Moving on to issues of the day, Waters said, “We must end the homeless crisis in our city. We must reform our criminal justice system. We have to restore and protect voting rights, continue to advance civil and human rights and put an end to wealth inequality.
“As the first woman to chair the House Financial Services Committee, I am focused on closing this wealth gap. I can promise you that I am still fighting and always will for all Angelenos and constituents of the 43rd District.”
She then urged Angelenos not to hesitate to get the vaccine.
“The vaccine is so important in saving lives,” she said.
That led the program to Corbett, a viral immunologist at the National Institutes of Health in Bethesda, Maryland, who led her team in the development of the coronavirus vaccine for Moderna Inc. She said she has been showered with attention since the vaccine was introduced to the public.
“Thank you so much for giving me this esteemed honor,” she said. “I am so grateful to have the opportunity to shine my light and my knowledge on the world and to have the world see the brilliance of Black women. Black people have always made their mark on scientific inventions but oftentimes they were overshadowed and unseen. It’s wonderful to stand in the footprints of giants that came before me.
“There are two people dying every minute,” Corbett said of COVID-19. “The burden of their deaths sits in our minority communities, particularly with Black people who experience 2 or 3 more deaths (per minute) than our white counterparts. I beg of you to please remain informed around this vaccine and virus so that when the vaccine comes to your front door, you will know whether or not to take it. A decision to get a vaccine is a matter of life and death.”
Attorney Crump also said he was honored to be part of the program..
“But my heart is heavy today as I would be remiss if I didn’t mention that today is Trayvon Martin’s birthday,” he said. “I receive this award thinking of him and thinking of Breanna Taylor, George Floyd, Ahmad Aubrey and so many others that have left this earth far too soon.”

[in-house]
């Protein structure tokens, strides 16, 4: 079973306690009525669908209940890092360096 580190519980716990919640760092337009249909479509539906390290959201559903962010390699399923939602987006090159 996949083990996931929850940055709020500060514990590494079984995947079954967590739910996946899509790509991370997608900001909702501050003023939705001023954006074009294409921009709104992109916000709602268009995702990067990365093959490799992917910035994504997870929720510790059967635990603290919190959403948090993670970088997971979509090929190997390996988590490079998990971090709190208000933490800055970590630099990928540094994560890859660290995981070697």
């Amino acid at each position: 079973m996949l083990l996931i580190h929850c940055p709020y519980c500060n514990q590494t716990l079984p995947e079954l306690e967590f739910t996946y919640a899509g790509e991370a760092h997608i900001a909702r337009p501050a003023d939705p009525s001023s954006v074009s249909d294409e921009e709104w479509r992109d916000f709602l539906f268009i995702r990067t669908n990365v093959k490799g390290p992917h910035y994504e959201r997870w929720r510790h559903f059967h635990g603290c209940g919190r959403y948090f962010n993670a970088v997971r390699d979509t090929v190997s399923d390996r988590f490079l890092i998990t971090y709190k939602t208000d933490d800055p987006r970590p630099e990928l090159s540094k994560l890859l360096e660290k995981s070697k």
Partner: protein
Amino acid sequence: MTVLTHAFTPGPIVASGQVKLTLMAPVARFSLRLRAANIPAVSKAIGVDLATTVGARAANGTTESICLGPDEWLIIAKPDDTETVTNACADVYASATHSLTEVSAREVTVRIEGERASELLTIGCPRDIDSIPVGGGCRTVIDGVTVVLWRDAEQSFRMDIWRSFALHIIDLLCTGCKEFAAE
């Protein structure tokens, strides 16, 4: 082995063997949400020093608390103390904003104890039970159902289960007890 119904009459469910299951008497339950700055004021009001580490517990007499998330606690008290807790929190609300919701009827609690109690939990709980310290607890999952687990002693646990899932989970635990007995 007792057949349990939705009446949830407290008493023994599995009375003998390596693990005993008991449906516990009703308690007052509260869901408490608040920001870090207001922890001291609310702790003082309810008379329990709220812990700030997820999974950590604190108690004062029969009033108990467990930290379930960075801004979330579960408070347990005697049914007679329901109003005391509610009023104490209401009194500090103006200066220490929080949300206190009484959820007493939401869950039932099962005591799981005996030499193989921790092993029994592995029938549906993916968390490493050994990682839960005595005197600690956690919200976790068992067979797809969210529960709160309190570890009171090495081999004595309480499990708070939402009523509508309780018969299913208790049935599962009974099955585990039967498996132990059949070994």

Crump added that he wanted Black America to mentor its children.
“It is the right thing to do to fight for our children because if we don’t fight for our children’s future, we can’t expect anybody else to fight for them,” he said.
Singer Gerald Alston and Troy May of The Manhattans, whose group has performed for five decades, expressed their gratitude for receiving the Living Legend award.
“We’re builders of this country and God has blessed us to sustain and keep moving forward,” said Alston, who also paid tribute to two generations of Manhattans, past and present, that gave the group its special sound.
Rounding out the ceremony with closing remarks was Michael Lawson, president of the Los Angeles Urban League.
“This year’s honorees are superheroes,” he said. “They continue to make African-American history which is also American history. We know there is still a need for Black History Month to continue and we must continue to celebrate.”
Bishop Craig A. Worsham of the Agape Church of Los Angeles delivered the invoction to start the program. Little Miss African American Soriya Smith, 8, recited a poem by Maya Angelou and singer Melba Moore delivered a song that showcased her five octave vocal range.
Also performing an inspiring song was vocalist Howard Hewitt.
Shirley Hawkins is a freelance reporter for Wave Newspapers. She can be reached at firstname.lastname@example.org.